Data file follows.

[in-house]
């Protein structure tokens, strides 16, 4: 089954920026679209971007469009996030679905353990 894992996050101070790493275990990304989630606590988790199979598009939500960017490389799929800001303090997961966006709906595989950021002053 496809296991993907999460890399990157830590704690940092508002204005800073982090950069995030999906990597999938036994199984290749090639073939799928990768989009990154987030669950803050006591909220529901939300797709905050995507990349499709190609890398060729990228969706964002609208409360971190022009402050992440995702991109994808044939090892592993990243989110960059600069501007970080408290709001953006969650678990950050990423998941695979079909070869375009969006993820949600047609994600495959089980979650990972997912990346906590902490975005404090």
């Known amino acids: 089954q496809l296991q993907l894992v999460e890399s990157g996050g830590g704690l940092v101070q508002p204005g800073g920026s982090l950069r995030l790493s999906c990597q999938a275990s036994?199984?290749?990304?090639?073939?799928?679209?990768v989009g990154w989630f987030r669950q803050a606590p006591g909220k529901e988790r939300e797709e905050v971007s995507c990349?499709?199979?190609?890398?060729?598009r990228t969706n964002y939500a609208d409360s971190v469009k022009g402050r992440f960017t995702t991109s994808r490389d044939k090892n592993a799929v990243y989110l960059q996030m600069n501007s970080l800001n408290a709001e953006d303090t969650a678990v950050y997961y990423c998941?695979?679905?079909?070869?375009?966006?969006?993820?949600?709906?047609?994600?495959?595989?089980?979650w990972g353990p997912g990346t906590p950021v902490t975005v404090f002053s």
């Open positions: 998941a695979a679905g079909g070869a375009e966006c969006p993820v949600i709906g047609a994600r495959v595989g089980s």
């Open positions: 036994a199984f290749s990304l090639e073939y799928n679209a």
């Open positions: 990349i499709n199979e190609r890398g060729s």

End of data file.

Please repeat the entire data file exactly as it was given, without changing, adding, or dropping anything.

[in-house]
């Protein structure tokens, strides 16, 4: 089954920026679209971007469009996030679905353990 894992996050101070790493275990990304989630606590988790199979598009939500960017490389799929800001303090997961966006709906595989950021002053 496809296991993907999460890399990157830590704690940092508002204005800073982090950069995030999906990597999938036994199984290749090639073939799928990768989009990154987030669950803050006591909220529901939300797709905050995507990349499709190609890398060729990228969706964002609208409360971190022009402050992440995702991109994808044939090892592993990243989110960059600069501007970080408290709001953006969650678990950050990423998941695979079909070869375009969006993820949600047609994600495959089980979650990972997912990346906590902490975005404090």
């Known amino acids: 089954q496809l296991q993907l894992v999460e890399s990157g996050g830590g704690l940092v101070q508002p204005g800073g920026s982090l950069r995030l790493s999906c990597q999938a275990s036994?199984?290749?990304?090639?073939?799928?679209?990768v989009g990154w989630f987030r669950q803050a606590p006591g909220k529901e988790r939300e797709e905050v971007s995507c990349?499709?199979?190609?890398?060729?598009r990228t969706n964002y939500a609208d409360s971190v469009k022009g402050r992440f960017t995702t991109s994808r490389d044939k090892n592993a799929v990243y989110l960059q996030m600069n501007s970080l800001n408290a709001e953006d303090t969650a678990v950050y997961y990423c998941?695979?679905?079909?070869?375009?966006?969006?993820?949600?709906?047609?994600?495959?595989?089980?979650w990972g353990p997912g990346t906590p950021v902490t975005v404090f002053s």
């Open positions: 998941a695979a679905g079909g070869a375009e966006c969006p993820v949600i709906g047609a994600r495959v595989g089980s």
């Open positions: 036994a199984f290749s990304l090639e073939y799928n679209a």
């Open positions: 990349i499709n199979e190609r890398g060729s």